Fuhy's key objectives for the next few years are to build on the brand's strengths as a publisher, and carry on pushing technology innovation – not to innovate for the sake of innovating, but to keep up with the drastic rate of change in the expectations of Net-A-Porter's many discerning customers.
'In terms of customer behaviour, with the rise of social commerce and people buying directly from social channels, the traditional model of going to a dot com site, browsing and making a purchase is now being disrupted,' say Fahy. 'We're going to need technology that is flexible enough to accommodate that.'
The big picture for Fahy is about focusing on making the organisation as as nimble as possible, building an agile technology estate on open source software and pushing agile development onto the team.
'We can't really afford to have long running programmes that don't deliver business benefit, because by the time they've finished the market will have changed, our customers will have changed. When it comes to the agile piece, the cloud can absolutely help you on your software development cycle because you get that infrastructure on demand,' says Fahy. 'It gives you the tools to create environments on the fly, and it puts you in a great position to be able to start developing and show back to the business very quickly what you've developed.'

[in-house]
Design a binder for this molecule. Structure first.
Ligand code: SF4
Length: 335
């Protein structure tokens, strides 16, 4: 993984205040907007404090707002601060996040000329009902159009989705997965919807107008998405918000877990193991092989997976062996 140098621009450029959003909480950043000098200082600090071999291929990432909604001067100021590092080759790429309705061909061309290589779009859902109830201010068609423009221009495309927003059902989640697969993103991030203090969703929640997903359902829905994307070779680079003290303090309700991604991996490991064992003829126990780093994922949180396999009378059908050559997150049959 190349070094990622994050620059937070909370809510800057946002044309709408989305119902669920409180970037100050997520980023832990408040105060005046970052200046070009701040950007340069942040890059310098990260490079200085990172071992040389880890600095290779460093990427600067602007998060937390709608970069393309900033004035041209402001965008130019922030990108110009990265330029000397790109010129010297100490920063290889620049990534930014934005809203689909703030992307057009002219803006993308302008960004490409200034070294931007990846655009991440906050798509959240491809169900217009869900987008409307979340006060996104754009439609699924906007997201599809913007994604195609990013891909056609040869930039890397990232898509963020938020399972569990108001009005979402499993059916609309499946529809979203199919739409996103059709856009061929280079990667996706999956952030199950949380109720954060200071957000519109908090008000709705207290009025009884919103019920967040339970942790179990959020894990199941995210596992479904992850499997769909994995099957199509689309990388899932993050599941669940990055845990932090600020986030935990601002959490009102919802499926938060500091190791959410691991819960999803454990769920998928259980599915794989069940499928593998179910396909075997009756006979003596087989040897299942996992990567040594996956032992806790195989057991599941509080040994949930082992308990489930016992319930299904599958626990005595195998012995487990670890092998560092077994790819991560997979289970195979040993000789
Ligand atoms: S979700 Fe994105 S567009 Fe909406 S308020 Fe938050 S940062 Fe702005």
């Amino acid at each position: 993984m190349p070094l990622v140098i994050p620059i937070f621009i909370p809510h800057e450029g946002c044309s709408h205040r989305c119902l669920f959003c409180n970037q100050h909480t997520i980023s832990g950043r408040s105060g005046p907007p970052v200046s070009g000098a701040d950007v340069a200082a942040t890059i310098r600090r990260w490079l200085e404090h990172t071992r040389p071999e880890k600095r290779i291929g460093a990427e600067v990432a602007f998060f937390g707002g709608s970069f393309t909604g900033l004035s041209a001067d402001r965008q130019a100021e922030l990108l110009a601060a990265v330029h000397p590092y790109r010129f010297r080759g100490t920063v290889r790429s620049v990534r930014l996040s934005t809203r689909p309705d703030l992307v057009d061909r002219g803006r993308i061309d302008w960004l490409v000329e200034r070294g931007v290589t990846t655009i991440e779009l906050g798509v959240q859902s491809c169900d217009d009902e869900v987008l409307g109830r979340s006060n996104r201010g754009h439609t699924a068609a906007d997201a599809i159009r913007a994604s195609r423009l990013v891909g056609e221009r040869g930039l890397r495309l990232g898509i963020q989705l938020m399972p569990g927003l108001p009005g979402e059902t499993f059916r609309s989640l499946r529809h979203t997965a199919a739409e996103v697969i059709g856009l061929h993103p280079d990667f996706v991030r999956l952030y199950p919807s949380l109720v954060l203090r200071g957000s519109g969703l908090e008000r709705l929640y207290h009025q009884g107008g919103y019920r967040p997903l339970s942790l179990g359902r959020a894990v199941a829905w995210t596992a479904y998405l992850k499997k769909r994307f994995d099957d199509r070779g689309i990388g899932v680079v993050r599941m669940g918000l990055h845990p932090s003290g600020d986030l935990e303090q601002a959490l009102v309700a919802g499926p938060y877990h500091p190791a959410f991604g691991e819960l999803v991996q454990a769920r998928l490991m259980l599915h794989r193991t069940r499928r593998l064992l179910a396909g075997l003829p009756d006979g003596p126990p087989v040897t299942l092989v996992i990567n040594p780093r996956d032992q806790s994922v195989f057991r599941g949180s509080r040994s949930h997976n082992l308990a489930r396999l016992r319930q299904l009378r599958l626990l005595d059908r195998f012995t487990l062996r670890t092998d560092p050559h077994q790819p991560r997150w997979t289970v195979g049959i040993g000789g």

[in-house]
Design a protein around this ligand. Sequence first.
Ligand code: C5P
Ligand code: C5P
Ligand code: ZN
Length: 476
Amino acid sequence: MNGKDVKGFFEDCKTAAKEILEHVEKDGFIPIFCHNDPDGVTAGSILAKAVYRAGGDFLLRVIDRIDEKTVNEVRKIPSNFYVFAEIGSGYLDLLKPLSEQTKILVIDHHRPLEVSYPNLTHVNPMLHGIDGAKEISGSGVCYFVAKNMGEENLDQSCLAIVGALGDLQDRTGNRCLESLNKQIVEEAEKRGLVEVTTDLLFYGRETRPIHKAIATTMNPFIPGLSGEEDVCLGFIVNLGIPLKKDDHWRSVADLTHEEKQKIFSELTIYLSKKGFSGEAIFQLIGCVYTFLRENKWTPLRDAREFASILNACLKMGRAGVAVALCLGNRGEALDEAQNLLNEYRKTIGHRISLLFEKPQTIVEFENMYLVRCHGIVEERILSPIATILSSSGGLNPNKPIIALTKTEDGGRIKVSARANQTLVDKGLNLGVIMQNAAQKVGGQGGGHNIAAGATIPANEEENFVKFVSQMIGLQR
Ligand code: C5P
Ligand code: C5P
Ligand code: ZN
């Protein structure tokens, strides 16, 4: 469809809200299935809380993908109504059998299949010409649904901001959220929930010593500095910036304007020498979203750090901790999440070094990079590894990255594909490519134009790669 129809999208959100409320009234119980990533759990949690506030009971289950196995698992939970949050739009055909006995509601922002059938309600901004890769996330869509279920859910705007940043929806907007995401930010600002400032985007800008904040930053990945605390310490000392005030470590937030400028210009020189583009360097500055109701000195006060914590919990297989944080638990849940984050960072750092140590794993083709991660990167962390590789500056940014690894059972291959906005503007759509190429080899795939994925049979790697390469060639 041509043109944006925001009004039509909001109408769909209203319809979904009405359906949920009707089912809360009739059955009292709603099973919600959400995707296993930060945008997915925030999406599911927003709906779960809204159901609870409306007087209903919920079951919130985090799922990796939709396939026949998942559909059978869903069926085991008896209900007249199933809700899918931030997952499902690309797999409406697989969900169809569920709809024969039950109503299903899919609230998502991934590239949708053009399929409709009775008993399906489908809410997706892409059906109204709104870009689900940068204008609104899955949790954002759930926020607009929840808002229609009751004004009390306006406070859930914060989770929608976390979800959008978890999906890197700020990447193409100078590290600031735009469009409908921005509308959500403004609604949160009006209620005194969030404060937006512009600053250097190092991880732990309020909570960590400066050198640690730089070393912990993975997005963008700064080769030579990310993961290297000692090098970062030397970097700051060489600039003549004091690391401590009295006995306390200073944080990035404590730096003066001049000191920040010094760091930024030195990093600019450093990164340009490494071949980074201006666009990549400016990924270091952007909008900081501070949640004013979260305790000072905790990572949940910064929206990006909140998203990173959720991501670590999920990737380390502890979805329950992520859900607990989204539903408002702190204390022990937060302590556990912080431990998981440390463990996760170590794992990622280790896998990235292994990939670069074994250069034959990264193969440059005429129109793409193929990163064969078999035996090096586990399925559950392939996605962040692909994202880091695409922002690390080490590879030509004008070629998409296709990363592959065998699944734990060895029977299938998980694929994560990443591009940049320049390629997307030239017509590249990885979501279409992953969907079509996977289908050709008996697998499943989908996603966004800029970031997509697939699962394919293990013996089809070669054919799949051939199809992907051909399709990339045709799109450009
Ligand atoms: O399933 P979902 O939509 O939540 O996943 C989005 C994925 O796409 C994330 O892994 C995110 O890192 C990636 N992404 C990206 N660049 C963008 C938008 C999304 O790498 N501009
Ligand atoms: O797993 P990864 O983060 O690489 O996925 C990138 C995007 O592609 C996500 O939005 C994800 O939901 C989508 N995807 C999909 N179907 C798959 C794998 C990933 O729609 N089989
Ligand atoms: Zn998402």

Another key reason for choosing the cloud is the ability to undertake volume testing very quickly- something invaluable with Net-A-Porter's auction type capability. When a new collection is launched, there is enormous customer interest, but the team often has a few short weeks to create the software.
> See also: Innovation: first Porter call
'When you've worked in as many startups as I have you very much experience what it means to be a nimble business,' he explains. 'You get more frequent delivery with more frequent business involvement, everyone on the team knows what you're trying to achieve, and you don't need a load of meetings. You almost certainly don't have the luxury of a lot of time. It's all about smaller incremental deliveries rather than big bangs, so you can confident you can get where you need to be.'